6. Set a budget and stick to it
Reduce financial anxiety by deciding how much you can afford to spend in advance. Include all the expenses besides just the gifts themselves: greeting cards, stamps, wrapping paper, and food if you’re entertaining. These other things can really add up. This year, track all of these expenses so you can better manage them next year.

7. Set a reminder in November to start getting your act together
We’re all busy people. We put everything else on our calendars. Put the tasks for the holiday on your calendar too. I’m doing this next year. The best way to reduce stress is to not be crunched for time in the first place.

Remember, you don’t have to be perfect. You just have to open your heart and remember the true meaning of Christmas.

Happy holidays to all of you!

Post to Twitter Post to Facebook Post to LinkedIn

Category : Stress Management | Blog
20
Jun

Stress is a serious issue, and chronic stress can have damaging effects on your physical health.  In an extended challenging economy, many people are dealing with long term stress in the work place and the demands of home.

The body doesn’t distinguish between psychological stress and physical threats. Our biology interprets it all as a “fight or flight” situation.    It doesn’t know that instead of a saber-toothed tiger chasing you, your car blew a tire on the way to pick up your child at daycare. Our body goes into “red alert” mode whenever it thinks it’s under attack.

Most people know that stress can lead to high blood pressure or stroke. But did you know that it suppresses your immune system? Stress can lead to sleep problems, infertility, diabetes, weight gain, and accelerated aging. That’s right. You get fat and wrinkled faster! Take that for motivation to manage your stress!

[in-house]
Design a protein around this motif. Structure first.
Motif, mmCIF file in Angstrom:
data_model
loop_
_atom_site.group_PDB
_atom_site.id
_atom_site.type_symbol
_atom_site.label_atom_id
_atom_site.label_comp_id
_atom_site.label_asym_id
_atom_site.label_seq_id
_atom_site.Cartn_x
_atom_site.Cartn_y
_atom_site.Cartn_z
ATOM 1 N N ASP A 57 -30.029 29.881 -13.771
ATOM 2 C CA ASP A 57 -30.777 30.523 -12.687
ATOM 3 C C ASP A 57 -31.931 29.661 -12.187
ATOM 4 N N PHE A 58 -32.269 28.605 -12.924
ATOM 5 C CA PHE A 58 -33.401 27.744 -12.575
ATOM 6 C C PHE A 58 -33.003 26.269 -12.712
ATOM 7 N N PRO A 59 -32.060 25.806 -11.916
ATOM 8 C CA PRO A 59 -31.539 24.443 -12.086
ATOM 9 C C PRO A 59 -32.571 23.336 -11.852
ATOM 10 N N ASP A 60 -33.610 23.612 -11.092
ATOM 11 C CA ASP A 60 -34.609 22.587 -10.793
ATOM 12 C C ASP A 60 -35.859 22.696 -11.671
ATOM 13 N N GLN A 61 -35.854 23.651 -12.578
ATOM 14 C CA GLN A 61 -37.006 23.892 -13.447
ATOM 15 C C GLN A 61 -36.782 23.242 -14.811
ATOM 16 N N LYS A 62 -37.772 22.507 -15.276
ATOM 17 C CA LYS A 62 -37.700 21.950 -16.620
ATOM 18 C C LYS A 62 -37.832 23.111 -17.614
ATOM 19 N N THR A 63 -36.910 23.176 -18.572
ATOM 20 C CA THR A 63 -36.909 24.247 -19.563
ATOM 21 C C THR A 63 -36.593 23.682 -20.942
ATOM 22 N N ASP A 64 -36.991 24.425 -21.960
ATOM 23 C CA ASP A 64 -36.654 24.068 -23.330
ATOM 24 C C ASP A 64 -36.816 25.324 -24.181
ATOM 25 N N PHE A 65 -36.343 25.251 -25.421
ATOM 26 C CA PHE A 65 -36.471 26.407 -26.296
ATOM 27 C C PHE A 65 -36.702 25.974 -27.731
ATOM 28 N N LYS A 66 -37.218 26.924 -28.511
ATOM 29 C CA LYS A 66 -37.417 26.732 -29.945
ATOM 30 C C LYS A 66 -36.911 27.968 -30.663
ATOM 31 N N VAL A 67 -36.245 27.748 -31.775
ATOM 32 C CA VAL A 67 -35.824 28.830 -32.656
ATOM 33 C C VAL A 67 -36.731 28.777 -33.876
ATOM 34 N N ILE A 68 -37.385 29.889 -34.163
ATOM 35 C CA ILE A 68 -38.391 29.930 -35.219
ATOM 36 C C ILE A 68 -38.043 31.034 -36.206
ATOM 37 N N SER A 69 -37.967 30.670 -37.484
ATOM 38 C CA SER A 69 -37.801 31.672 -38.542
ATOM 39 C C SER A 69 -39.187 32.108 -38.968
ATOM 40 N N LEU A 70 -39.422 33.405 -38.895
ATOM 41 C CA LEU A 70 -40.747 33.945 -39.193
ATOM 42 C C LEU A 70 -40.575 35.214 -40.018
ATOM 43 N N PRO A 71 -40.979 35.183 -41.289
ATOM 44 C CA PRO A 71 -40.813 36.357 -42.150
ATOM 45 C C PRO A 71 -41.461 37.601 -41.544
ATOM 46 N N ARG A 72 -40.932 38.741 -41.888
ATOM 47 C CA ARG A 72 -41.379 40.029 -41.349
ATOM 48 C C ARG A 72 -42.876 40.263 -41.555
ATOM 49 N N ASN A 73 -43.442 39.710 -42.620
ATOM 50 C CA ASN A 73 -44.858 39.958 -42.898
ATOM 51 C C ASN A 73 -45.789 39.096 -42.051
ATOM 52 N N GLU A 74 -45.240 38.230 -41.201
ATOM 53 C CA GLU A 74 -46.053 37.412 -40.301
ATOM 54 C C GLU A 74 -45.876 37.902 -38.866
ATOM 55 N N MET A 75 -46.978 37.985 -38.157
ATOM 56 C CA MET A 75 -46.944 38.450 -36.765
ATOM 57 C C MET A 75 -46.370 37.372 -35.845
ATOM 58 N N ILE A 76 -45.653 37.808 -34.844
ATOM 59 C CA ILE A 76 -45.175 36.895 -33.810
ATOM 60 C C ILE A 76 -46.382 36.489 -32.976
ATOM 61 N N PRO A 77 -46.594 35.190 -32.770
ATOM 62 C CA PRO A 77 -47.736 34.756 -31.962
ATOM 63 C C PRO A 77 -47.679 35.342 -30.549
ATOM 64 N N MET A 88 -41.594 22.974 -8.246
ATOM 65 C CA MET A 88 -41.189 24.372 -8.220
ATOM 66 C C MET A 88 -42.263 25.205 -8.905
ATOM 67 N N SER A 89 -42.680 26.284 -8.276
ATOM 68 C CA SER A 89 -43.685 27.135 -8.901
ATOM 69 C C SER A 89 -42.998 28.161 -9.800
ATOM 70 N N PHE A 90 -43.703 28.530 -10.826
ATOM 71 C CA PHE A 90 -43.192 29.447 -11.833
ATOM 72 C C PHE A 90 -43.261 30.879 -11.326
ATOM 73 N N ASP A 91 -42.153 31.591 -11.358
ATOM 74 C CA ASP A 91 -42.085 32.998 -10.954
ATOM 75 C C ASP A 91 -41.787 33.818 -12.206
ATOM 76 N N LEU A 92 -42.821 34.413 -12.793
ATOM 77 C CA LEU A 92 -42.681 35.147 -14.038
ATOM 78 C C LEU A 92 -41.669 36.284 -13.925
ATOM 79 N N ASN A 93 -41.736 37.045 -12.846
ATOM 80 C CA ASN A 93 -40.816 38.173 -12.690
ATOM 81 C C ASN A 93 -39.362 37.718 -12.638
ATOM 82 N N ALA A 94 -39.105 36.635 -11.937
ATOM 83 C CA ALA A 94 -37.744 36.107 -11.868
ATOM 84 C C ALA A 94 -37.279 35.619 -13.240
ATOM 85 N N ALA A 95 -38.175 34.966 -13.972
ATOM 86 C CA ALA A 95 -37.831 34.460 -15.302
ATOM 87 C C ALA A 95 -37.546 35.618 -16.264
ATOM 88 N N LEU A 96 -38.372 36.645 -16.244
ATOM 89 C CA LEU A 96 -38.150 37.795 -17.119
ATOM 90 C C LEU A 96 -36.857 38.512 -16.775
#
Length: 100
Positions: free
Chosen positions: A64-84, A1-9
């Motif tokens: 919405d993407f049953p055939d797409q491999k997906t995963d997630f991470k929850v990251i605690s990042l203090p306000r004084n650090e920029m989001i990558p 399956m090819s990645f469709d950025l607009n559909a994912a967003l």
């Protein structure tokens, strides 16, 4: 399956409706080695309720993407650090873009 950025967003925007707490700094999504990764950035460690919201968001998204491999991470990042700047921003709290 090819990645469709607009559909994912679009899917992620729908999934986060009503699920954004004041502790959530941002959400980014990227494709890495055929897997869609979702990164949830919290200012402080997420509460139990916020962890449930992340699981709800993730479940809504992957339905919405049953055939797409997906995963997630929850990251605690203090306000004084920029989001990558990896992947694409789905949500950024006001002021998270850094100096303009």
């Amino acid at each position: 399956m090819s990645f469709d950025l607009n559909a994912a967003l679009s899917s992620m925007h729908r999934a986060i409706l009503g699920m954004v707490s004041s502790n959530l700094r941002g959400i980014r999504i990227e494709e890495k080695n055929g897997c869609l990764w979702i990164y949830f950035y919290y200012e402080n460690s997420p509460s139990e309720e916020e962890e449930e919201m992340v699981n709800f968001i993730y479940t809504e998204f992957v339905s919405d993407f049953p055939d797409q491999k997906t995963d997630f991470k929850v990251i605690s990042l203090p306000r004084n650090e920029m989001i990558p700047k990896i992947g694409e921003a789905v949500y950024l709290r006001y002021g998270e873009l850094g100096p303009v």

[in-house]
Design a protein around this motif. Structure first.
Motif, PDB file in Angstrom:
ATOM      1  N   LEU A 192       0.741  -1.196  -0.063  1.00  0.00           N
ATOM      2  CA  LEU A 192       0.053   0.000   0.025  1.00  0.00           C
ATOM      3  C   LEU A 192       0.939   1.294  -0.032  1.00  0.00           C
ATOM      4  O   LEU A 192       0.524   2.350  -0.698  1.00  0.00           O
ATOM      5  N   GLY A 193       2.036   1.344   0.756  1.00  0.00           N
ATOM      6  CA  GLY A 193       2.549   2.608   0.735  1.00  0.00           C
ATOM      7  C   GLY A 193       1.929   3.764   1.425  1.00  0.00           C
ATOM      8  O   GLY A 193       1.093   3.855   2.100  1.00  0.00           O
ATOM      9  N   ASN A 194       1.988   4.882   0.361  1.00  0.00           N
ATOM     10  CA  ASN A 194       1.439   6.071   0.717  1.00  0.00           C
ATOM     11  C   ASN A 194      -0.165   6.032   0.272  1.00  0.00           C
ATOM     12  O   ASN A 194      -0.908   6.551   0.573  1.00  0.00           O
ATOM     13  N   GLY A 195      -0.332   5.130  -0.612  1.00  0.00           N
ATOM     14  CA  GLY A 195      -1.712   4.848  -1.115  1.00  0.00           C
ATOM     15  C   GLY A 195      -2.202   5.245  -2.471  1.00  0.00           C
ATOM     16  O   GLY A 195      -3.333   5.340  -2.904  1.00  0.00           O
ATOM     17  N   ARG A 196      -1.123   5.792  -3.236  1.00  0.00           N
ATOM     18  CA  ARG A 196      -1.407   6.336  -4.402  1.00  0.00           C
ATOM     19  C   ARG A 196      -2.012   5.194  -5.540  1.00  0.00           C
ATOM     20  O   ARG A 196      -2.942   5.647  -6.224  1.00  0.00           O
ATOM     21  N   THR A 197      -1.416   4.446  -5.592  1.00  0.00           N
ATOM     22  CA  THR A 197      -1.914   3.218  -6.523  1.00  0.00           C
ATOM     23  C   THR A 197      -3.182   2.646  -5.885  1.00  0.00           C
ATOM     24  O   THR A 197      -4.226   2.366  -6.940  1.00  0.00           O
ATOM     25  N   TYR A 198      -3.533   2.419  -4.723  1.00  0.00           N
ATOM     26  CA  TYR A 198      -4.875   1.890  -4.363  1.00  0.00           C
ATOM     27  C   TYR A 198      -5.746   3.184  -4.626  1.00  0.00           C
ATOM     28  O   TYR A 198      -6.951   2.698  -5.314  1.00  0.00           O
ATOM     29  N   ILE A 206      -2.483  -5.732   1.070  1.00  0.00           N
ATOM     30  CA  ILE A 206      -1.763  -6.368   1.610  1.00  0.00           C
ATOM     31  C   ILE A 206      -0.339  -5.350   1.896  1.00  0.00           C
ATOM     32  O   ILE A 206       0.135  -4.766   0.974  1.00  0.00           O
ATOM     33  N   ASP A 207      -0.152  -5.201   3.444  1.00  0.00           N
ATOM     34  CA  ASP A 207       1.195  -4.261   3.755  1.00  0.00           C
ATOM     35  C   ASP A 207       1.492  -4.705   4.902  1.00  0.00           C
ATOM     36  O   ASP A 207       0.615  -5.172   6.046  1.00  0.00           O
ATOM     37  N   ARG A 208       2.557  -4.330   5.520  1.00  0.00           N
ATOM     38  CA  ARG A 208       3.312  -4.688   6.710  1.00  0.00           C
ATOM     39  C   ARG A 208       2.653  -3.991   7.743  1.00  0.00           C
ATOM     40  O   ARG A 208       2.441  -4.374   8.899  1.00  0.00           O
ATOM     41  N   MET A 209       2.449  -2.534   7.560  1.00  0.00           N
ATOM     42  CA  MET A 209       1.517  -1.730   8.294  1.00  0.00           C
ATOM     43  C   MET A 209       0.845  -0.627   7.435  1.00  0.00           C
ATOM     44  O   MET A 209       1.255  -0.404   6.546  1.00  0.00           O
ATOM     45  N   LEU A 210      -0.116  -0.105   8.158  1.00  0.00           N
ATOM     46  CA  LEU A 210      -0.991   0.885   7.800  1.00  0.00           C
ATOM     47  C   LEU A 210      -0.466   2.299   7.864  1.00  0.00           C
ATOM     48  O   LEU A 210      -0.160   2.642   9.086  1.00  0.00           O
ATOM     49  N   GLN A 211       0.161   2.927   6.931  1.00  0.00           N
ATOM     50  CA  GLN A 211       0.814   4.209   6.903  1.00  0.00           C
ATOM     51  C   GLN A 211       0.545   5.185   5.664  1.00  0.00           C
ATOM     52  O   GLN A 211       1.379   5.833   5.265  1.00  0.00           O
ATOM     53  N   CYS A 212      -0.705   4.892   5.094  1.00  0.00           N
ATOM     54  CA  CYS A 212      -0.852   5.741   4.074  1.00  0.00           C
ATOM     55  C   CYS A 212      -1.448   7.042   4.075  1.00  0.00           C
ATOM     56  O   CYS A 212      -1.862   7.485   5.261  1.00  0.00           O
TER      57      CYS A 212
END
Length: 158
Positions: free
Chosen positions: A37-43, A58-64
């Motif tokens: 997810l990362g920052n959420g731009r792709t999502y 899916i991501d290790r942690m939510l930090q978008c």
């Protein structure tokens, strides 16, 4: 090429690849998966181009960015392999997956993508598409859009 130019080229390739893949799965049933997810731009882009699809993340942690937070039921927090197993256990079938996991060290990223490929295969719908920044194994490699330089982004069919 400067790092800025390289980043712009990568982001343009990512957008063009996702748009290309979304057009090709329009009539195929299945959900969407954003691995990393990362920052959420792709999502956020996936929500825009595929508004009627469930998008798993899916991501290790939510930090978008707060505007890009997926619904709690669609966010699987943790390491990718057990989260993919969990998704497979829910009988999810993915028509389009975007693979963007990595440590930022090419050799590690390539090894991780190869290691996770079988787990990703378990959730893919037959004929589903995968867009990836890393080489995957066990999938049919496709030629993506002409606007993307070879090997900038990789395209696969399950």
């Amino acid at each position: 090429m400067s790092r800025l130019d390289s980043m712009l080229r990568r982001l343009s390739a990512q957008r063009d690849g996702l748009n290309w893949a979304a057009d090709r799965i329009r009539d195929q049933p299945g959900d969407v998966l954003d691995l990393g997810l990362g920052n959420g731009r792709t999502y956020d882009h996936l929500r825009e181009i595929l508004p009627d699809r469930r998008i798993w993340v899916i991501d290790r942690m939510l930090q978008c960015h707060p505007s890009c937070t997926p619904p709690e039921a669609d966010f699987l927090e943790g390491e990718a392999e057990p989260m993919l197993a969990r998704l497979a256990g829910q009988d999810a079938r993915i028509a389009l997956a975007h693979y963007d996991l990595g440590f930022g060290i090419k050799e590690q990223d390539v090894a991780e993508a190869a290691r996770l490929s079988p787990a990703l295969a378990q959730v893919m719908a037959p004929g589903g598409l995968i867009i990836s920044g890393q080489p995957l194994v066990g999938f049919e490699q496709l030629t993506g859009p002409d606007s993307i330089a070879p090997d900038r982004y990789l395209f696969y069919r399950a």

Sometimes major life changes are needed to tackle stress. But you can take daily steps to manage your stress level. Most of these tips take just a few minutes. Paying attention is the key. You are not invulnerable, and you deserve to live a better, less stressful life.

Listen to your favorite music. Music is a great stress-reliever. Listen in the car or at home at a time that you get to choose the music.

Hug someone. Hug your spouse, your significant other, your kid, or your pet. Physical contact makes us happier and reduces stress.

Breathe deeply and stretch for a few minutes. Making yourself take several deep breaths at your desk will relax you.

Take a parking lot minute. If you drive to work, take one minute before you go into the building to just sit quietly. Close your eyes and empty your mind. Take a few deep breaths and you’ll feel relaxed and ready to go.

Take mini breaks. This is especially important for those of you who work through lunch and power through the whole day without taking a breath. Stand up and walk around just for a few minutes. Have a “parking lot minute” at your desk. Give yourself time to recharge.

Remember to laugh. Kids laugh all the time. As adults we laugh a whole lot less. What a shame. It feels good to laugh! Watch short funny videos on YouTube, watch a funny movie at home, subscribe to a joke of the day, find humor in small things.

Have manageable to-do lists. It’s stressful to look at a daily to-do list that’s impossible to get done. Prioritize your list and make sure you have a list you can actually get done in a day.

Eat healthy. You knew this had to be on the list. Limit the refined sugar and eat fresh fruits and vegetables. Have berries at breakfast. Eat fresh leafy vegetables at lunch and dinner.  Start by committing to do just one thing, like eliminating an afternoon sugar snack.

Get some movement. Walk, get outside. Movement makes your body and mind feel better.

Maintain a calm sleeping environment. Make your bedroom a serene place. Take out the TV and leave your cell phone in another room. Get to bed early enough or get up late enough so you’re getting enough sleep. Fatigue leads to more stress.

Post to Twitter Post to Facebook Post to LinkedIn

Category : Stress Management | Blog